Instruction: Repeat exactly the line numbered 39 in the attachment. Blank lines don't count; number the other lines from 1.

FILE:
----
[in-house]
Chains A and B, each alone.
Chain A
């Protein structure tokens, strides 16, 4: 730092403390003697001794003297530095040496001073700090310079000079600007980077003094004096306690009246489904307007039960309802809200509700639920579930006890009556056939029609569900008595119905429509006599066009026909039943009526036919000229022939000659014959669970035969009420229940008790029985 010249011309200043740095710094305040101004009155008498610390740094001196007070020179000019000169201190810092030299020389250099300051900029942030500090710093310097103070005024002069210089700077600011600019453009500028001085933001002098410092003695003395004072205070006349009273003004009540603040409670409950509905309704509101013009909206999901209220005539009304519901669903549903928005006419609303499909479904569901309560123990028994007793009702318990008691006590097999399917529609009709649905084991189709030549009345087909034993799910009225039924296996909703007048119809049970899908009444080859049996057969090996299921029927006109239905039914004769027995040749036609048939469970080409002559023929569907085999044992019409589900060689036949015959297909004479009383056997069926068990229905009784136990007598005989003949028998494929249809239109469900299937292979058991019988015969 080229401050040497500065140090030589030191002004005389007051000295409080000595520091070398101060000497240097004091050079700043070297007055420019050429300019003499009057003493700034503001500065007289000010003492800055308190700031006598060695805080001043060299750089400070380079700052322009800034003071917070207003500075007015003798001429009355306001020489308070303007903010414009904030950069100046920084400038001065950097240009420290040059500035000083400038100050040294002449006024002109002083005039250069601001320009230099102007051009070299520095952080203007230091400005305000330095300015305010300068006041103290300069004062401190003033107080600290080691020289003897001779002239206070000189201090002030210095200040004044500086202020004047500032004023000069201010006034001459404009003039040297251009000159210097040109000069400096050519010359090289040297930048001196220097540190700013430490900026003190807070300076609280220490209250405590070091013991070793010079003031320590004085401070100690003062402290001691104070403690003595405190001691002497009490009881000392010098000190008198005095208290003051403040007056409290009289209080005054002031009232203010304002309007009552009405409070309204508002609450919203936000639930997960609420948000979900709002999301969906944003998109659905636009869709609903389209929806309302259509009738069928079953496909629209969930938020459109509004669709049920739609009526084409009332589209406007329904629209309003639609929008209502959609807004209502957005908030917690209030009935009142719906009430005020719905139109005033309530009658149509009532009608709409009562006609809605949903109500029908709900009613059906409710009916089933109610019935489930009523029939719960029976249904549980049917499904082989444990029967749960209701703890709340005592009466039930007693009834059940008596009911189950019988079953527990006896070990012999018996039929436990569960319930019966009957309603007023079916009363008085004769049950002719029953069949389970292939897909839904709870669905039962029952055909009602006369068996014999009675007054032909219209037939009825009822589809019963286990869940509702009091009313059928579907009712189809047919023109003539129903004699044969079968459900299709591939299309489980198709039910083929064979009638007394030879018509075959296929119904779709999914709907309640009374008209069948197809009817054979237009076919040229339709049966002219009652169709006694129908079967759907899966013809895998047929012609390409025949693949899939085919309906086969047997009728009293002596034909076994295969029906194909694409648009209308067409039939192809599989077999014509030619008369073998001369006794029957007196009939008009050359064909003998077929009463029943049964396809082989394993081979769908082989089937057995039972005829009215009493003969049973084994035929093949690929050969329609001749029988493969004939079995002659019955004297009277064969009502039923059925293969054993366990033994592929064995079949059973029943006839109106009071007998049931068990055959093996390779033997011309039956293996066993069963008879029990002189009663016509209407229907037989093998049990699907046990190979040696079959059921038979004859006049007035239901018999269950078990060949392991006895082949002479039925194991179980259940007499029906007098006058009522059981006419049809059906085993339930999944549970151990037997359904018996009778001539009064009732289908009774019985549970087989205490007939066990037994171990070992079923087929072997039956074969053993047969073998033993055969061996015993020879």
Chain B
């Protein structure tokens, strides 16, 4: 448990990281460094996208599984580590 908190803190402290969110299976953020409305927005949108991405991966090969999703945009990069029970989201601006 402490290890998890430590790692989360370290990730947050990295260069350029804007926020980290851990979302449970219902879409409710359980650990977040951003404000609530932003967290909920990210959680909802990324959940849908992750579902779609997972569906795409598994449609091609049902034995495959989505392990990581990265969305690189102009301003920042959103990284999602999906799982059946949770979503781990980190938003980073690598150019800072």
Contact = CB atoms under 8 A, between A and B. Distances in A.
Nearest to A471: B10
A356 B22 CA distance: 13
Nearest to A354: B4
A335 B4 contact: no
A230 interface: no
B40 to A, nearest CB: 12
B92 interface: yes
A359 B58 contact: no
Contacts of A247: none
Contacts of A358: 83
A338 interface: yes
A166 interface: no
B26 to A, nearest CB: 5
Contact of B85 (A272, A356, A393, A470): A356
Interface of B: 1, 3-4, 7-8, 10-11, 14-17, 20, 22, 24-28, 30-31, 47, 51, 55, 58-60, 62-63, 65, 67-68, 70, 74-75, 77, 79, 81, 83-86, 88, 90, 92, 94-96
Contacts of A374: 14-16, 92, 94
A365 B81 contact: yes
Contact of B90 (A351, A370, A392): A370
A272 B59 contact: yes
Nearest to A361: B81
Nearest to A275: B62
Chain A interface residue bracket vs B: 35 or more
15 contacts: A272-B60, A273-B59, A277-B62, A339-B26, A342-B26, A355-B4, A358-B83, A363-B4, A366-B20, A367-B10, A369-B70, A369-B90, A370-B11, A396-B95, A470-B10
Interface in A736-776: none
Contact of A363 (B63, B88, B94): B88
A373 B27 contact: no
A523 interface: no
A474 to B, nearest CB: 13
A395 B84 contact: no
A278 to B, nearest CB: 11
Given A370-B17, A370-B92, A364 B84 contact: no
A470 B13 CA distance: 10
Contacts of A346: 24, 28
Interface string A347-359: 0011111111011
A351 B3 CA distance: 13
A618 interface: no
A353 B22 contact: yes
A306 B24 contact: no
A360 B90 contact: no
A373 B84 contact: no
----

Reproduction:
A470 B13 CA distance: 10